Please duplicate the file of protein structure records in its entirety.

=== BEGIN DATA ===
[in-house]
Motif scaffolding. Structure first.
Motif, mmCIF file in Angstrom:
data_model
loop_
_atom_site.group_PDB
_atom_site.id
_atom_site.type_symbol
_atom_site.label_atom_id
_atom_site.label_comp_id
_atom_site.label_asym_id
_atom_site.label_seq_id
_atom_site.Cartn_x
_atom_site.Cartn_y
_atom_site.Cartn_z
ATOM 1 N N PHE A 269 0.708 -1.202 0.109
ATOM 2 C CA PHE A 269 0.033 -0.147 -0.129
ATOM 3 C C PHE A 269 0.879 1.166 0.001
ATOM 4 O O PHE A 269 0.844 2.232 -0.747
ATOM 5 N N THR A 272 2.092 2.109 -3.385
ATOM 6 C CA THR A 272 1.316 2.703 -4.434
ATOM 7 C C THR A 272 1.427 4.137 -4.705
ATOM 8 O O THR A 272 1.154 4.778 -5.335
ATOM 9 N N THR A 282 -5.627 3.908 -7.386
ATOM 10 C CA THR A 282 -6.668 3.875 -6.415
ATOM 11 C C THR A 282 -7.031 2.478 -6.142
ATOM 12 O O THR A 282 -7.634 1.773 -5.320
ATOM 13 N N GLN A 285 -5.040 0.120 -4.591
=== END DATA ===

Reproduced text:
[in-house]
Motif scaffolding. Structure first.
Motif, mmCIF file in Angstrom:
data_model
loop_
_atom_site.group_PDB
_atom_site.id
_atom_site.type_symbol
_atom_site.label_atom_id
_atom_site.label_comp_id
_atom_site.label_asym_id
_atom_site.label_seq_id
_atom_site.Cartn_x
_atom_site.Cartn_y
_atom_site.Cartn_z
ATOM 1 N N PHE A 269 0.708 -1.202 0.109
ATOM 2 C CA PHE A 269 0.033 -0.147 -0.129
ATOM 3 C C PHE A 269 0.879 1.166 0.001
ATOM 4 O O PHE A 269 0.844 2.232 -0.747
ATOM 5 N N THR A 272 2.092 2.109 -3.385
ATOM 6 C CA THR A 272 1.316 2.703 -4.434
ATOM 7 C C THR A 272 1.427 4.137 -4.705
ATOM 8 O O THR A 272 1.154 4.778 -5.335
ATOM 9 N N THR A 282 -5.627 3.908 -7.386
ATOM 10 C CA THR A 282 -6.668 3.875 -6.415
ATOM 11 C C THR A 282 -7.031 2.478 -6.142
ATOM 12 O O THR A 282 -7.634 1.773 -5.320
ATOM 13 N N GLN A 285 -5.040 0.120 -4.591